- Fractional-reserve banking.
- Trust and expectations.
- The Great Depression.
- Video: What Do Banks Do?
- Video: Fractional-Reserve Banking
- Video: Four Reasons Financial Intermediaries Fail
- Video: The Great Depression
- Video: The Economics of It's a Wonderful Life.
- Sebastián Fleitas, Price Fishback, and Kenneth Snowden, "Forbearance by Contract: How Building and Loans Mitigated the Mortgage Crisis of the 1930s," Working Paper 21786, National Bureau of Economic Research (December 2015). This is a wonky but not-too-technical discussion of the kind of institution in the movie -- a Building and Loan, not an ordinary commercial bank.
Discuss It's a Wonderful Life (1946).
Screening: Other People's Money (1991).
- Debt (bonds and loans) versus equity (stocks).
- Corporate governance.
- The market for corporate control.
- Video: Intro to Stock Markets
- Video: Financial Markets.
- Henry Hansmann, "Ownership of the Firm," Journal of Law, Economics, and Organization 4(2): 267-304 (Fall 1988).
- Louis D. Brandeis, Other People's Money. New York: Frederick A. Stokes, 1914.
- Michael C. Jensen, "Takeovers: Folklore and Science," Harvard Business Review, November-December, 1984.
Discuss Other People's Money (1991).
Screening: The Big Short (2015).
- Financial markets and securities.
- Bubbles vs. market fundamentals.
- Short selling.
- 2008 financial crisis.
- Video: Speculation
- Video: What Is Short selling?
- Video: The Great Recession.
- Video: Free Investment advice
- Video: Raghuram Rajan on the causes of the financial crisis.
Discuss The Big Short (2015).
Screening: Wall-E (2015).
Part I: The environment.
- The Tragedy of the Commons.
- Institutions and environmental protection.
- Video: The Tragedy of the Commons
- Video: Externalities, Incentives, and Institutions.
- Video: Public Goods and Common Resources.
- Video: The Economics of Wall-E.
- Jake Halpern, "The Big Business of Scavenging in Postindustrial America," The New York Times Magazine, August 21, 2019.
- Antón Chamberlin and Walter E. Block, "Review: Wall-E," Cosmos + Taxis 6(6+7): 68-72 (2019).
- Steven Pinker, Enlightenment Now: the Case for Reason, Science, Humanism, and Progress. New York: Penguin, 2018, Chapter 10: the Environment.
- Economists' Statement on Carbon Dividends.
- David Leonhardt, "The Problem With Putting a Price on the End of the World," The New York Times Magazine, April 9, 2019.
Part II: Economic growth and automation.
- Economic Growth.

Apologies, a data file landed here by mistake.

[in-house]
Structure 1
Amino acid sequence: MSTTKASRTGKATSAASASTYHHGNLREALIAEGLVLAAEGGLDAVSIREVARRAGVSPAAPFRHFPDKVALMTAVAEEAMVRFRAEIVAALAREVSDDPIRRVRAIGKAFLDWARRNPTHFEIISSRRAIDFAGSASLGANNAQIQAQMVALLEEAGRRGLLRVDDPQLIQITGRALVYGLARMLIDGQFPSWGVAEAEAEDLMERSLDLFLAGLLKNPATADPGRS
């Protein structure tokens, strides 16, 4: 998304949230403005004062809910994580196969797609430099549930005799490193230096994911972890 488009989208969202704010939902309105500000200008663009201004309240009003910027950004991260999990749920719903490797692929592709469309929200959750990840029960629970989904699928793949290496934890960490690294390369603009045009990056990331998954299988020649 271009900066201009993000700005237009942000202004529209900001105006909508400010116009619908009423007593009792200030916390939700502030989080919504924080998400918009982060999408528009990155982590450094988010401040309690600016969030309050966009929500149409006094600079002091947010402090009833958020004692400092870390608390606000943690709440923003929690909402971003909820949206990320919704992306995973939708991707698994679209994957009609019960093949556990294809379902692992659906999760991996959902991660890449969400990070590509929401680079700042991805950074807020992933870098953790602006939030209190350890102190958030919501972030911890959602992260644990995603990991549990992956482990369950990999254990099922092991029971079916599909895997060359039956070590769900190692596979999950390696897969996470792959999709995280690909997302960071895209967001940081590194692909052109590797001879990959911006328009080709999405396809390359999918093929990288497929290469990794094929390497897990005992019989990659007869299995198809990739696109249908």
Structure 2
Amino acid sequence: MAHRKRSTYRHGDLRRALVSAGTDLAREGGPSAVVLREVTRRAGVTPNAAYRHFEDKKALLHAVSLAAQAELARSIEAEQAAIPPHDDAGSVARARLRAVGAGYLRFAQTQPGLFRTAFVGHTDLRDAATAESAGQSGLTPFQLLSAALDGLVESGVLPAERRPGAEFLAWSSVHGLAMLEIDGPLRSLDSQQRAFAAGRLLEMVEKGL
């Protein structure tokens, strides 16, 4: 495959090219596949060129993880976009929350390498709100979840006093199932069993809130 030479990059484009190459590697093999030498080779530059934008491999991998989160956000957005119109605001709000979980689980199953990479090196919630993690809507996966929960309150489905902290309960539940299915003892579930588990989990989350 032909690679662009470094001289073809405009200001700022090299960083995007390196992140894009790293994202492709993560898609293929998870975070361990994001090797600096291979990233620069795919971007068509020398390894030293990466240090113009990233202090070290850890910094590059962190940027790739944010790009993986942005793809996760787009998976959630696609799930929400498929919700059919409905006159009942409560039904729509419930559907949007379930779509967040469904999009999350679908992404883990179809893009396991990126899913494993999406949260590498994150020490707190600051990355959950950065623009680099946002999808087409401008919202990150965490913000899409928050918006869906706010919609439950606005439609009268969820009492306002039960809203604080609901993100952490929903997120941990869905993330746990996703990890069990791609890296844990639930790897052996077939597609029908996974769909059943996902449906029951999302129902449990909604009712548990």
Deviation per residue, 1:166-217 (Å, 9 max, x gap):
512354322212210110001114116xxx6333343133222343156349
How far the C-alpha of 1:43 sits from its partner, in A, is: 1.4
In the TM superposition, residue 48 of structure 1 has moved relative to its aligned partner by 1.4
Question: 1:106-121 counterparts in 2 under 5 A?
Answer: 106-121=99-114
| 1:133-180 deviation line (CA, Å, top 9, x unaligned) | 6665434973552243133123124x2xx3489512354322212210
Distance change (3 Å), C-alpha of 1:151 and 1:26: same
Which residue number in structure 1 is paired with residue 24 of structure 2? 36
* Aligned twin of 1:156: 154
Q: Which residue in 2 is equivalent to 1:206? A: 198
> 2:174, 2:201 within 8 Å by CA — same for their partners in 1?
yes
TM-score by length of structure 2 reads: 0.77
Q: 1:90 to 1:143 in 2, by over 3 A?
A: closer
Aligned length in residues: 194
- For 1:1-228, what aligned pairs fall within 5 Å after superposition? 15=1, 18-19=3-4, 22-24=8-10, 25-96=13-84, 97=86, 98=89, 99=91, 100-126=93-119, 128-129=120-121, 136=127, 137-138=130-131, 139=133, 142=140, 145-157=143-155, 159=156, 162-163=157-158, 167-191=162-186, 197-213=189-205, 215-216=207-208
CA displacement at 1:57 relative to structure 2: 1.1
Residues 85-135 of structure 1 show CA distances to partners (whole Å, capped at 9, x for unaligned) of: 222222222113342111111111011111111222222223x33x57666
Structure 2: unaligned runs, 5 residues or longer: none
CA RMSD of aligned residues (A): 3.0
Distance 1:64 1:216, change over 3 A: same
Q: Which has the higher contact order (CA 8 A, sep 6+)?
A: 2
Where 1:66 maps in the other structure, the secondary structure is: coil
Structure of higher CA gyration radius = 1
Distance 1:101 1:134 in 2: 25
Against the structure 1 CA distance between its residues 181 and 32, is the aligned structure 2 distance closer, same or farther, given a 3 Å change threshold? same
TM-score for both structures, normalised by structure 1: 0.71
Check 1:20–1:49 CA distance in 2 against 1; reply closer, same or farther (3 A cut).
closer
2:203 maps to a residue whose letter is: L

- Automation and technological unemployment.
- Video: The Hockey Stick of Human Prosperity.
- Video: Economic Growth
- Video: "Farewell, Etaoin Shrdlu."
- Video: Will Machines Take Our Jobs?
- John Maynard Keynes, “Economic Possibilities for our Grandchildren (1930),” in Essays in Persuasion. New York: Harcourt Brace, 1932, pp. 358-373 .
- The Cost Disease of the Service Sector (from Dietrich Vollrath, Fully Grown: Why a Stagnant Economy Is a Sign of Success, The University of Chicago Press, 2020, Chapter 8).
Discuss Wall-E (2015).
Summary and overview of what we've learned.
Help and Resources
My office hours are Mondays 12:30 to 2:00 and Wednesdays 2:00 to 4:00 or by appointment. I am also around other times, and I am happy to arrange meetings in Webex. Come talk to me if you have any problems or questions about the class. Also feel free to come talk to me about other things, including economics or academics generally.
Room 304 Oak Hall
The Economics Department offers free one-on-one tutoring for all student in principles of economics classes. If you are struggling with any of the material in the course, there is no excuse not to meet with a tutor to go over concepts. When meeting with a tutor, it is always best to come prepared with questions (from the chapters or exams).
For support for HuskyCT:
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Phone: (860) 486-1187
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Student Responsibilities and Resources
As a member of the University of Connecticut student community, you are held to certain standards and academic policies. In addition, there are numerous resources available to help you succeed in your academic work. This section provides a brief overview to important standards, policies and resources.
You are responsible for acting in accordance with the University of Connecticut's Student Code Review and become familiar with these expectations. In particular, make sure you have read the section that applies to you on Academic Integrity: